Some observers point out, though, that the OSRM's Linux kernel insurance is geared to large enterprises. "The insurance is not necessary for most users. It is only for larger companies that have deep pockets, and thus are already often victims of lawsuits. Such companies already carry liability insurance for similar risks, other than software," said Linux expert Bruce Perens.

Insurance policies aren't the only method companies can use to guard against patent infringement lawsuits, acknowledged Ravicher, who specializes in the IS (information systems) and life sciences fields in his legal patent work. Founder and executive director of the Public Patent Foundation, Ravicher also performs pro bono work as senior counsel to the Free Software Foundation. "I am not an OSRM shareholder," he noted.

Other approaches to lawsuit protection include "encouraging patent policy reforms in Congress and the courts, negotiating for open source-compliant solutions, and stockpiling art in order to design around it," for example, according to Ravicher.

"None of these are mutually exclusive. You can get insurance, while continuing to stockpile art and encourage patent reforms," he elaborated.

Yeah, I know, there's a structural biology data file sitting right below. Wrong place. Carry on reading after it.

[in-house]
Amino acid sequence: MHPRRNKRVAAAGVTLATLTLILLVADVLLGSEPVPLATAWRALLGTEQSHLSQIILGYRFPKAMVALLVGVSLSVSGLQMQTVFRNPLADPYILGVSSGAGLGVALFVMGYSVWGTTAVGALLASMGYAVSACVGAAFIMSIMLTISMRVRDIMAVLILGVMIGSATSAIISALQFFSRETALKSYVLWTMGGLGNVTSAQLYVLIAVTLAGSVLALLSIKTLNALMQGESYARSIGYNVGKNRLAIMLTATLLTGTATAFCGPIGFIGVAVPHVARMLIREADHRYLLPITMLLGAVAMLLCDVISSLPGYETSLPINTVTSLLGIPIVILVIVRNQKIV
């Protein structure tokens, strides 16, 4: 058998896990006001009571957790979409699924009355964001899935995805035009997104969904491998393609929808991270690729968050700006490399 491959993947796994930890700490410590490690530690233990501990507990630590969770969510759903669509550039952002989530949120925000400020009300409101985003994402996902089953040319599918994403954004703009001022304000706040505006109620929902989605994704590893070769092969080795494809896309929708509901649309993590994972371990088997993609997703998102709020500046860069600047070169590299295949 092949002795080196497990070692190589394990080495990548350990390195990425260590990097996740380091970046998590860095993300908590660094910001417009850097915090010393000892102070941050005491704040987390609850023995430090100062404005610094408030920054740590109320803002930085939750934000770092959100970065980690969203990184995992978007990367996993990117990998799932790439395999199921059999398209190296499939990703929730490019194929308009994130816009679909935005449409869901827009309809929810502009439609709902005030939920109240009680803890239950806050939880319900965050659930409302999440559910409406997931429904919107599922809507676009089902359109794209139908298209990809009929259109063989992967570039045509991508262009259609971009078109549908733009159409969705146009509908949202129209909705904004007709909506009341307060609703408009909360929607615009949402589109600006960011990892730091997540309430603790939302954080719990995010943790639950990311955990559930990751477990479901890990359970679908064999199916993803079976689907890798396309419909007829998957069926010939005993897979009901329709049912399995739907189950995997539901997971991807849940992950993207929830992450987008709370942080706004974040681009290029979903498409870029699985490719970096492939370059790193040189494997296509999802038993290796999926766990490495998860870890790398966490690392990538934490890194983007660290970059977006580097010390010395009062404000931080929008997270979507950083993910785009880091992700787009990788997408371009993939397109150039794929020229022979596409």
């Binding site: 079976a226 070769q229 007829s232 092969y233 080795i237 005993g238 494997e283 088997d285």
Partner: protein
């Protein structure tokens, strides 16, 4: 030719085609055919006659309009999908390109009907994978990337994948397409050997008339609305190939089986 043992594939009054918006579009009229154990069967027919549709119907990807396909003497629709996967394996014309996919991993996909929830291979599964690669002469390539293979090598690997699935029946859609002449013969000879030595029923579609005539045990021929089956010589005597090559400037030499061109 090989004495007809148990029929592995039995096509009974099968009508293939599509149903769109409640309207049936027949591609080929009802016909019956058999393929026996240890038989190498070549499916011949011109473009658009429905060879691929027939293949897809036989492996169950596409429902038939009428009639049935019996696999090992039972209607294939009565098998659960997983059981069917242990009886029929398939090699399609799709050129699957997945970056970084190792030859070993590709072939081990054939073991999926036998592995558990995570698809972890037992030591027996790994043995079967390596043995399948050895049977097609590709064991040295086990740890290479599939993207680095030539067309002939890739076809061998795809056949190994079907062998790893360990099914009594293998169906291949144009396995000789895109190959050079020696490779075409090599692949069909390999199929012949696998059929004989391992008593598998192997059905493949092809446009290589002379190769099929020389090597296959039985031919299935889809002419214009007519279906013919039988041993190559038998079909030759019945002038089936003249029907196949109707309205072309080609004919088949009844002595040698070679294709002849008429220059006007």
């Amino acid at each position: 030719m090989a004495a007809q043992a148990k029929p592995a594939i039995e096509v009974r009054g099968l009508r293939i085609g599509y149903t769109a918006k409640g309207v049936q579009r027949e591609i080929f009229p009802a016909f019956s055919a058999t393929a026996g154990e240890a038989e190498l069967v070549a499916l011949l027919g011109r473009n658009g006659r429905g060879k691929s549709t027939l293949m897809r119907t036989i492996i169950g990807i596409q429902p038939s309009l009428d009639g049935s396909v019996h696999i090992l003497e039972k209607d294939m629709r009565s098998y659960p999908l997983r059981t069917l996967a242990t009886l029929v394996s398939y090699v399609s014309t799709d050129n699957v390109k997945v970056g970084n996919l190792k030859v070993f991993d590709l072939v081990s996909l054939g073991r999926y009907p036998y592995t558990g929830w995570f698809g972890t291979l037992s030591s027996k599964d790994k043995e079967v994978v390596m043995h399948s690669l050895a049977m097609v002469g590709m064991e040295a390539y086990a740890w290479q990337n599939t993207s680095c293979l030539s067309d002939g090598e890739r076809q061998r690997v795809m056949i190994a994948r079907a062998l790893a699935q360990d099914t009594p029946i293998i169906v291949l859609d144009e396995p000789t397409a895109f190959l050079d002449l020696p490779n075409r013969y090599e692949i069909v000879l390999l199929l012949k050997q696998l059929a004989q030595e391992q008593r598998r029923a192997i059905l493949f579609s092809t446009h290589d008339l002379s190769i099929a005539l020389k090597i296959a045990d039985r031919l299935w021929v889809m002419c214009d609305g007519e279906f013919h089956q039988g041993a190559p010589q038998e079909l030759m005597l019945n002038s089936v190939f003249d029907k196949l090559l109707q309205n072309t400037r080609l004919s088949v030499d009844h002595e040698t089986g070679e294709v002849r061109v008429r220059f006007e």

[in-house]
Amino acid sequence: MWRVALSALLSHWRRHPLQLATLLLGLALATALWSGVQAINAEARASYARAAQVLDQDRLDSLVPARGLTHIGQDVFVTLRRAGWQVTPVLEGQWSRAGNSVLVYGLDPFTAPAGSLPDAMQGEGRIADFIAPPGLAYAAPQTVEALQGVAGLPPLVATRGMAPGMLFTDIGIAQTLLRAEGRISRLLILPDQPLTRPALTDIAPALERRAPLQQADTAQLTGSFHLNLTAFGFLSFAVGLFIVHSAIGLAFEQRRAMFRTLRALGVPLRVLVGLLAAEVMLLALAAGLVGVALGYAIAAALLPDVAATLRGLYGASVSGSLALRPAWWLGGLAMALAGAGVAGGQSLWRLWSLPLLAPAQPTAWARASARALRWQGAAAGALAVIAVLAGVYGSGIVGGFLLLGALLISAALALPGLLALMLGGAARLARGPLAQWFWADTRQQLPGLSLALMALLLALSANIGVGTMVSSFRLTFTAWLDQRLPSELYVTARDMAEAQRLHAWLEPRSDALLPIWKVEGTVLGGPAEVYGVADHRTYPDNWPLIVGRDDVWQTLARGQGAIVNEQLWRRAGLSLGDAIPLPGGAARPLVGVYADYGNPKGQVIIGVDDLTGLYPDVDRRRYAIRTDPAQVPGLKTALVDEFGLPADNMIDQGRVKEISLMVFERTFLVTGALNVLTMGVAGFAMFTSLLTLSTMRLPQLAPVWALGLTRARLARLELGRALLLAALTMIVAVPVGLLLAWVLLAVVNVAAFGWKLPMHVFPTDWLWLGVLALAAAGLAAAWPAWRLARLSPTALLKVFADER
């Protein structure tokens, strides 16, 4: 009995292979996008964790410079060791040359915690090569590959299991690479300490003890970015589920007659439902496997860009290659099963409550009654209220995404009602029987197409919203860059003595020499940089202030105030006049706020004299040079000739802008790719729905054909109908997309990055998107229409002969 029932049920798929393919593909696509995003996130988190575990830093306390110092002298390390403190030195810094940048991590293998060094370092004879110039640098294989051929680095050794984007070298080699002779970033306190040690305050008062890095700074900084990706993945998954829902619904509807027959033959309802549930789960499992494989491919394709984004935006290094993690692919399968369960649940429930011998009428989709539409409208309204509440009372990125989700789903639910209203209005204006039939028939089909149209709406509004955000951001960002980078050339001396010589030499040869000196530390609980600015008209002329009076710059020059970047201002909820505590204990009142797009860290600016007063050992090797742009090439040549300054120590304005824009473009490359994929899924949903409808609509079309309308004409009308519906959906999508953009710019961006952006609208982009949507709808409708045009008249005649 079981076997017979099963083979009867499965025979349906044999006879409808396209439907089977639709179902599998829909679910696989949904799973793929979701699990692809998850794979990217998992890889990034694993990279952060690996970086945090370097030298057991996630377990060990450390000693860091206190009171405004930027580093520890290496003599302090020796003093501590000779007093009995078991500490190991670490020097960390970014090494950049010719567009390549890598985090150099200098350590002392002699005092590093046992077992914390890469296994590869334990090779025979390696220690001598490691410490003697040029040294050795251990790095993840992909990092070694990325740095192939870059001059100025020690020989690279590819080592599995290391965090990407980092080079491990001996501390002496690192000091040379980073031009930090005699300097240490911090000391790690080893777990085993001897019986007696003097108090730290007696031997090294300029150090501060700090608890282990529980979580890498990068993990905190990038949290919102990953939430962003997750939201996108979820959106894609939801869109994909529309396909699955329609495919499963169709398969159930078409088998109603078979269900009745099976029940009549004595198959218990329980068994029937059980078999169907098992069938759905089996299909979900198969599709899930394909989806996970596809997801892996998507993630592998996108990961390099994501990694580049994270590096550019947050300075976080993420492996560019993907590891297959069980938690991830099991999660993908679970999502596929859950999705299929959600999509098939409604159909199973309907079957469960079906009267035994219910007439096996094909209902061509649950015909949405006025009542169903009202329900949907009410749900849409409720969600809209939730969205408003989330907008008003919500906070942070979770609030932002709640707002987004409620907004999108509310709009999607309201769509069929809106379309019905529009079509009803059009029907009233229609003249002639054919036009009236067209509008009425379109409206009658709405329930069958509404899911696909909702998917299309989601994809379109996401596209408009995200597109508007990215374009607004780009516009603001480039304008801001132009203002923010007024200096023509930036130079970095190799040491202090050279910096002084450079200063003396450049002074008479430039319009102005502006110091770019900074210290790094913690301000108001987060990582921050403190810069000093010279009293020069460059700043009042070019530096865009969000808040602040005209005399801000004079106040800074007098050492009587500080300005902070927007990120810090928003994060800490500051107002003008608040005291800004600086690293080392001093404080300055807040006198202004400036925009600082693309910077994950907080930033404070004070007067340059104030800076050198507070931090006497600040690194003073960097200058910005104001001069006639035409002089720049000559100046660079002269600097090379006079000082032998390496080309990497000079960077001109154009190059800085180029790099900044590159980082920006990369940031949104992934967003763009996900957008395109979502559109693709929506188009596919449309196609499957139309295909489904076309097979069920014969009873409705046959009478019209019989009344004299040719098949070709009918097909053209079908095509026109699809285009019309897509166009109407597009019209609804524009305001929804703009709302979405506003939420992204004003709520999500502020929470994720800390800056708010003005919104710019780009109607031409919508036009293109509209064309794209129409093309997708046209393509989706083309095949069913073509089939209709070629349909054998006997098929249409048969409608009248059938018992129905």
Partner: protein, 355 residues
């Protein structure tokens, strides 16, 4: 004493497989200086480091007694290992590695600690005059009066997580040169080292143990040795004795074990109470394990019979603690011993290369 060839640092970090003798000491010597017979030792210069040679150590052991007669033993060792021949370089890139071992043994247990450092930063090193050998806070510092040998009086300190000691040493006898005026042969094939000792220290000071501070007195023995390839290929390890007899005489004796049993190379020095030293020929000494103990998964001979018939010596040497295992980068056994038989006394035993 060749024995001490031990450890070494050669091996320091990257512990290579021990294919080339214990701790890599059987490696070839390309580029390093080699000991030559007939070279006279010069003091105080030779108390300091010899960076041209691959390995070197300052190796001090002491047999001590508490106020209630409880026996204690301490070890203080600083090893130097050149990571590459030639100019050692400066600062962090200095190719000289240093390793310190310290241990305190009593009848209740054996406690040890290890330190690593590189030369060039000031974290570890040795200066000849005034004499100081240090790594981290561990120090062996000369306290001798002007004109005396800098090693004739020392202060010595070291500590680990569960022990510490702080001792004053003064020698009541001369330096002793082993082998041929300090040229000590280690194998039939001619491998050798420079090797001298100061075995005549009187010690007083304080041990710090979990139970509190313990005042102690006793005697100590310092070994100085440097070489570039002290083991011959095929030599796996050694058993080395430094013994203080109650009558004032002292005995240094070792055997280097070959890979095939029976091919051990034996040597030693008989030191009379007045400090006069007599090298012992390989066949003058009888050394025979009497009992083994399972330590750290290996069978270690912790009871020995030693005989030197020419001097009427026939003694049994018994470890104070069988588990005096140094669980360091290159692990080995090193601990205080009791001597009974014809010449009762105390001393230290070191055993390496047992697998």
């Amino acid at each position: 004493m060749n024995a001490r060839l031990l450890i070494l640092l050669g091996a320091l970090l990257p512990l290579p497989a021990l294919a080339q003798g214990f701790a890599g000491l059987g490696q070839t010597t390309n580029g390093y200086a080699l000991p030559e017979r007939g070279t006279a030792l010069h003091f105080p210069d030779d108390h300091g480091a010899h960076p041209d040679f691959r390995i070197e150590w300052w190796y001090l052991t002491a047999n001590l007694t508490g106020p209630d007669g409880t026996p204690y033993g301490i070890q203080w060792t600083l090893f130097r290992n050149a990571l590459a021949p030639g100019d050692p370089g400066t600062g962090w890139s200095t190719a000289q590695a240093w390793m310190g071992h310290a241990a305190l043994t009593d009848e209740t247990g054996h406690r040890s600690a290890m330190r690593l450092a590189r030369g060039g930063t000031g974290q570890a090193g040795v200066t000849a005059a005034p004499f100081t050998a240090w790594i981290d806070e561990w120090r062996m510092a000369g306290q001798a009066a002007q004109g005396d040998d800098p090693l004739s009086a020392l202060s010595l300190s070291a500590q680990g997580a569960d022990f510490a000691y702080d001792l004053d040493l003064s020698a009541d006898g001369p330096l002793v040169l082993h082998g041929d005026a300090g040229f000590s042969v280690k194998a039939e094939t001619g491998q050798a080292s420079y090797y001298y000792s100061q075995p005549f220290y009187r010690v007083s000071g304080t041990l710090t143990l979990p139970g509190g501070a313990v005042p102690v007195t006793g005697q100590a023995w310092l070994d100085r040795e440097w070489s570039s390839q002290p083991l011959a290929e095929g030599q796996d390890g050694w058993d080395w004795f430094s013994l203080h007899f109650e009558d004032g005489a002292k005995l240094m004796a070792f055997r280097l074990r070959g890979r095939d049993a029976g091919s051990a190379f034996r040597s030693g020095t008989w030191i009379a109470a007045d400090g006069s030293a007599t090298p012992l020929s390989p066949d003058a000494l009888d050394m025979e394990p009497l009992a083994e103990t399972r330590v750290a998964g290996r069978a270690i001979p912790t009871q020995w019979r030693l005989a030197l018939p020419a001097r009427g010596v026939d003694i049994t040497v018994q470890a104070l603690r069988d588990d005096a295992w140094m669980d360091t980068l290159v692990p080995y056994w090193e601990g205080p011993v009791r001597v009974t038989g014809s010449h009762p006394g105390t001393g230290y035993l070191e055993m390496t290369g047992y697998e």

Pamela Jones, editor of Groklaw, also cites more than one alternative solution to kernel patent issues. "I'd like to see the patent system tweaked, to prevent patents from being used for anticompetitve purposes," Jones said during an interview. "That is the ultimate solution. Meanwhile, insurance is one more option businesses can consider. Whether they need it (is a matter of) a case by case examination. It's perfectly normal to insure against risk in business."

Ravicher contends, though, that unlike other approaches to the problem, insurance provides immediate protection. "Patent reforms will take a while, and you can't be prepared to design around every patent," he said.